When thinking of the primary use of a smartphone camera, “selfies” and personal photos quickly come to mind. However, cameras and the images they produce can be used in a number of ways, including for identity security and optical character recognition (OCR). In combination with software and other sensors such as the internal gyroscope, the camera can be used to estimate length, angle, slope, level, height, width, distance, and – on some devices with longer-range infrared (IR) detectors – even heat signatures.
Camera and video capabilities are essential for telehealth applications like online appointments. In dermatology, classifying melanomas can be done by extracting features like contrast and variance, area, diameter and perimeter from an image. Heart rate data (HR/HRV) and arterial oxygen saturation can be interpreted from video of illuminated skin because of the fluctuation of transmissivity and/or reflectivity of light with arterial pulsation through the tissue. However, continuous monitoring has largely moved to wearable external device technology with mobile connectivity.
Partly because of the pandemic, Quick Response (QR) codes have gained in popularity for contactless in-store ordering and checkout, as well as for direct links to relevant applications and websites. Dynamic QR codes use identifiers, locators, or trackers, and do not require Near Field Communications (NFC) or Bluetooth. Used originally by Toyota to keep track of car parts during the manufacturing process. They have enormous potential for streamlining processes.
Examples of this being used in healthcare include mobile patient identification and tracking through admission, discharge, and to post-treatment instructions. Drug packaging information, medical equipment information and inventory management, and many types of process improvements can benefit from the use of QR codes.
iPhones (iOS 11+) and some Android devices can scan QR codes natively without downloading an external app. Other types of barcodes are still in use for such activities as surgical instrument identification and sterilization, specimen collection, patient wristbands, and medical supplies (Code 39, NDC, ECC200, Data Matrix, EAN -8, EAN-13, UPC -A, ITF) and can also be scanned as part of inter-operative efforts.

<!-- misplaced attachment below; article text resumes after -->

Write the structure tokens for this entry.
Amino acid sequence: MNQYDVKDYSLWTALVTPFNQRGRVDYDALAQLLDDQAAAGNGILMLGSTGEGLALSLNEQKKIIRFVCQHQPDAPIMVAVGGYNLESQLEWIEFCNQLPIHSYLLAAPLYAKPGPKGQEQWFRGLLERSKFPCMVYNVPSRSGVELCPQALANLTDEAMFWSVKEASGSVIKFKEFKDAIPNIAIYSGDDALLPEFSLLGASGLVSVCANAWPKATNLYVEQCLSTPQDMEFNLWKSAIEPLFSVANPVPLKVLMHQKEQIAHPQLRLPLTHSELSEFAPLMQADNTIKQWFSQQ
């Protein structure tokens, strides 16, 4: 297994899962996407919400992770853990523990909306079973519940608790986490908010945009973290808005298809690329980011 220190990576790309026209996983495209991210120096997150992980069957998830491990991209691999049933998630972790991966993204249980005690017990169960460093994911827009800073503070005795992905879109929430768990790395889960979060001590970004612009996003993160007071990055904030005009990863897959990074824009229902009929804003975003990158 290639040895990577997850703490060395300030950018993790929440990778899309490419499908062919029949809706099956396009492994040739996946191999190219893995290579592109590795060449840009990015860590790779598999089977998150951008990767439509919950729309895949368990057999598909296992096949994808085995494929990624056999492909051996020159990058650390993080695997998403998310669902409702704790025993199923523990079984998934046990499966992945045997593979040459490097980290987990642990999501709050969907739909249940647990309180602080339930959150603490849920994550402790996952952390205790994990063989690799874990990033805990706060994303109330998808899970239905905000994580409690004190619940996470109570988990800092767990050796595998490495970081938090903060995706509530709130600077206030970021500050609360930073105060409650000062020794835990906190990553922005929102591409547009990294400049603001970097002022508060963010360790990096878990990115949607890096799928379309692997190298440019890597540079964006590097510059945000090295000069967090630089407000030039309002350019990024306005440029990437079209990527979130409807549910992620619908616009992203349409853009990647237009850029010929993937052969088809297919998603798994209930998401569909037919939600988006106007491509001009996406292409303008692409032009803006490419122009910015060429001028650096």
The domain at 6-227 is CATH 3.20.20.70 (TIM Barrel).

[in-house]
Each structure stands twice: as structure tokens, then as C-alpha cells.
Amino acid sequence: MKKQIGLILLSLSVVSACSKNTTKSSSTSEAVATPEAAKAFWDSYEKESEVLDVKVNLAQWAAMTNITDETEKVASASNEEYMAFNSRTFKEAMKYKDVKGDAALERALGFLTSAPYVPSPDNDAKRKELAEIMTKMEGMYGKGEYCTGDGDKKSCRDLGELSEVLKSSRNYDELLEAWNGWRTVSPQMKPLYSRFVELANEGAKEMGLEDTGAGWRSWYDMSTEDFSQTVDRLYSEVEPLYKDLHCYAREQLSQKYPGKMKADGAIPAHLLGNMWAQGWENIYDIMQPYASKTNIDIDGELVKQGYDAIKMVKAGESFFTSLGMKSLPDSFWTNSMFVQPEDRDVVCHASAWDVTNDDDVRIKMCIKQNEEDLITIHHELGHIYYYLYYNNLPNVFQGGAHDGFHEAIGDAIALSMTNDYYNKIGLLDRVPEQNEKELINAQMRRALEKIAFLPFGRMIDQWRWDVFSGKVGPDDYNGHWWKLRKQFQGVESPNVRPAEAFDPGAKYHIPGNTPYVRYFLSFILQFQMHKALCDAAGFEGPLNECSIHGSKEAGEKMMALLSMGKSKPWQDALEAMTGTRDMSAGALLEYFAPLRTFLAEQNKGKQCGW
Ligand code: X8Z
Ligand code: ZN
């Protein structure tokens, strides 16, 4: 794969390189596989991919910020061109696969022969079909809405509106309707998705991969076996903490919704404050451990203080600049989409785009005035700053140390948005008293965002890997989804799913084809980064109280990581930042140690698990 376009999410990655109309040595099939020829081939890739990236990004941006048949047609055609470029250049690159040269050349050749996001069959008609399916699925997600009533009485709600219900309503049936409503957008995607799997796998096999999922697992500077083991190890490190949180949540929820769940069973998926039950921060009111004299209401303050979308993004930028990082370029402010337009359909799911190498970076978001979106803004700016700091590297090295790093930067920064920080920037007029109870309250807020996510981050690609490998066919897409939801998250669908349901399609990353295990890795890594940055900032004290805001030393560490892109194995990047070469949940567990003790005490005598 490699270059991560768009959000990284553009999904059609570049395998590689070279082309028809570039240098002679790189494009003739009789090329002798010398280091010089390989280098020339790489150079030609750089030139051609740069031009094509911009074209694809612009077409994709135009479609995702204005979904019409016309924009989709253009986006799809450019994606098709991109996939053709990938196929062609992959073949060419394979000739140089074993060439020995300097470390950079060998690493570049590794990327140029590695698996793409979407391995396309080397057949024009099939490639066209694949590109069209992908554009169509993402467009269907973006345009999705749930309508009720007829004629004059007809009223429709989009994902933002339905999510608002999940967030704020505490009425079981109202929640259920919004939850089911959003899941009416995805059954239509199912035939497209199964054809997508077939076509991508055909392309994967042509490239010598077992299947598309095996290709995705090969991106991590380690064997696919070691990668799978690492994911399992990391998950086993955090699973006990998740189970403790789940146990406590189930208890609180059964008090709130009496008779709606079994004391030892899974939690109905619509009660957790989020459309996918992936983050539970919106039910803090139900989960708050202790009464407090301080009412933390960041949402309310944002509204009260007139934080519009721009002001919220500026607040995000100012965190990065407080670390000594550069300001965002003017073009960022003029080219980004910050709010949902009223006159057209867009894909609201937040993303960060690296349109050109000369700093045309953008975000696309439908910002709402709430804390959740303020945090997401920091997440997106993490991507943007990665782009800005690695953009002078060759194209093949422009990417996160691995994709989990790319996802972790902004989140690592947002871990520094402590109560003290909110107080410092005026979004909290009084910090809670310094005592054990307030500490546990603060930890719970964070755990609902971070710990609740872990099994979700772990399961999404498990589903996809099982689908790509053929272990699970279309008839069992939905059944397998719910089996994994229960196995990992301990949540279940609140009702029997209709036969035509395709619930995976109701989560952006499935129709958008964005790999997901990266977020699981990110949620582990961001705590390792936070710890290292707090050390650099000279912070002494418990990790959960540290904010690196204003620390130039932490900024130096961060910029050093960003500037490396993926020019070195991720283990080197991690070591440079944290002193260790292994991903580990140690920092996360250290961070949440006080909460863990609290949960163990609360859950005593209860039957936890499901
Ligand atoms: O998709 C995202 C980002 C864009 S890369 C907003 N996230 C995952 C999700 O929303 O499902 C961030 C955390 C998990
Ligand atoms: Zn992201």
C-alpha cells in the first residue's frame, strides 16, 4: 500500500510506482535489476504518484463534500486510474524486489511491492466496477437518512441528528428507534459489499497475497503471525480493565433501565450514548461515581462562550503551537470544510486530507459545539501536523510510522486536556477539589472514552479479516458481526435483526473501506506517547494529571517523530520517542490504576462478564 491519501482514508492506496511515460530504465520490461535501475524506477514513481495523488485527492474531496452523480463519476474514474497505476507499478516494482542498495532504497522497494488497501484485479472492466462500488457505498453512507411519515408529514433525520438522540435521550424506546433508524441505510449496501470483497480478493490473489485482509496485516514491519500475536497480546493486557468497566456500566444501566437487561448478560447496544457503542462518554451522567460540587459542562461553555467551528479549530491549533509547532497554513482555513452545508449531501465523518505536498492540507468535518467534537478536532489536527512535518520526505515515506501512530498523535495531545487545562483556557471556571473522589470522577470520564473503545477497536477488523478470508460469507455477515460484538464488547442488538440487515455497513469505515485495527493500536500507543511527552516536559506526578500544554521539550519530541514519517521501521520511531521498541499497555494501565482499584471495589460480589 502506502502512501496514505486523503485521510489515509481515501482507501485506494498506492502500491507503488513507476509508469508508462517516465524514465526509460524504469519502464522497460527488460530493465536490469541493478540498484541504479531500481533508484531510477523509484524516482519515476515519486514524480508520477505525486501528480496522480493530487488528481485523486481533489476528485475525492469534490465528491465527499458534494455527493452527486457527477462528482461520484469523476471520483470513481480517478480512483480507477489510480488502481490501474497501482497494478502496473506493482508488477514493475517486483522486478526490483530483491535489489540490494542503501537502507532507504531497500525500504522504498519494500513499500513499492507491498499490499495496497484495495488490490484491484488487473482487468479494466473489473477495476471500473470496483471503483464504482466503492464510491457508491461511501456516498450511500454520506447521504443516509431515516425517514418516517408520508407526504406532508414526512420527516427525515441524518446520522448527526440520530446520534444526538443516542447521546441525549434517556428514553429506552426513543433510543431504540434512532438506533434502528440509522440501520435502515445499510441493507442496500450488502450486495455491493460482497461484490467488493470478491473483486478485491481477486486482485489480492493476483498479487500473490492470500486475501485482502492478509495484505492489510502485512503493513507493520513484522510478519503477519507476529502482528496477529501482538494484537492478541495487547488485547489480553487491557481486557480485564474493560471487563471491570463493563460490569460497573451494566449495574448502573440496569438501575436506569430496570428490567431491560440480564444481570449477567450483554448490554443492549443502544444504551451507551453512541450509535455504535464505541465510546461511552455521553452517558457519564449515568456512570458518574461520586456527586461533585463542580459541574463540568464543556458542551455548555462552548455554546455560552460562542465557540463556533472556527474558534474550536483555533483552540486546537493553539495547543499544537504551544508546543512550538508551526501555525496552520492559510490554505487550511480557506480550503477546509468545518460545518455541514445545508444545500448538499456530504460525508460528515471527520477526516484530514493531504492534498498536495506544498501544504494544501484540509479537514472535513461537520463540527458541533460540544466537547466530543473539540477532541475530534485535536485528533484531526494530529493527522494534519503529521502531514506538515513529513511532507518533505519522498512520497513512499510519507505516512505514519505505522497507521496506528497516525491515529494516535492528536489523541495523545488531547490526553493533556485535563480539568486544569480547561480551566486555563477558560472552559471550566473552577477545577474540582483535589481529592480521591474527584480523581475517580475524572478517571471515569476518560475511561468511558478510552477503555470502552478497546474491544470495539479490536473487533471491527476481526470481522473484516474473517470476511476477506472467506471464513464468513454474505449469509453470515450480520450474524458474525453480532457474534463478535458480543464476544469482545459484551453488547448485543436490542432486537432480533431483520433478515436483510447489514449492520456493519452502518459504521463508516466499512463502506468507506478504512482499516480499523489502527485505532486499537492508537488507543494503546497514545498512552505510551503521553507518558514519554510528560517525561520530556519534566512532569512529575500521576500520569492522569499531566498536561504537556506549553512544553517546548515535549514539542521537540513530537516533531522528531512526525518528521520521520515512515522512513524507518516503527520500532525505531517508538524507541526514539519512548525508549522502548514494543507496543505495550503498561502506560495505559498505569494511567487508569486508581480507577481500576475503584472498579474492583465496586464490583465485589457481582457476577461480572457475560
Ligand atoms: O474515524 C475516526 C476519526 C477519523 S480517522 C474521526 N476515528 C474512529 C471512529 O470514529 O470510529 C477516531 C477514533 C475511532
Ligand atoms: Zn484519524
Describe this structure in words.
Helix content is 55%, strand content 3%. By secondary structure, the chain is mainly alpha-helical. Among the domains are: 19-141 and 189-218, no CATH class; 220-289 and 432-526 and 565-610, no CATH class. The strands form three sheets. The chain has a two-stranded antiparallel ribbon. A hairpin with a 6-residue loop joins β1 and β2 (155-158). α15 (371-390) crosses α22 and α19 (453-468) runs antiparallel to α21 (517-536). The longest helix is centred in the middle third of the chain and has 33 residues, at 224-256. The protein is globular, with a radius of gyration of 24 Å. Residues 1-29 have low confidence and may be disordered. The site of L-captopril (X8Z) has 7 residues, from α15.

Biometric Identity Sensors
Many smartphones employ methods other than passcodes or other authentication methods to verify identity for phone security and financial transactions. Fingerprint readers can scan with light, capacitance, or sound waves. Facial recognition software uses the camera and/or an infrared sensor to interpret the 2d/3d geometry of your face and other facial features, like skin texture or the eye’s iris pattern.
Depending on the particular model of the phone, identity verification applications may involve additional hardware sensors or not.
Environmental sensors monitor the ambient environmental conditions, return a single sensor value according to a standard unit of measure, and do not typically require data filtering or data processing.
This photo shows some of the most common and widely used environmental sensors, and other sensors discussed, in mobile devices.
Here is an overview of what these sensors do and how they help consumers:
Photometer / Light Sensor
The ambient light sensor generates stronger or weaker electrical signals according to the brightness of the ambient light it senses. The phone’s software uses this data to adapt the display. Sensors on some models can also measure the independent intensity of blue, red, green and white light to fine-tune image representation.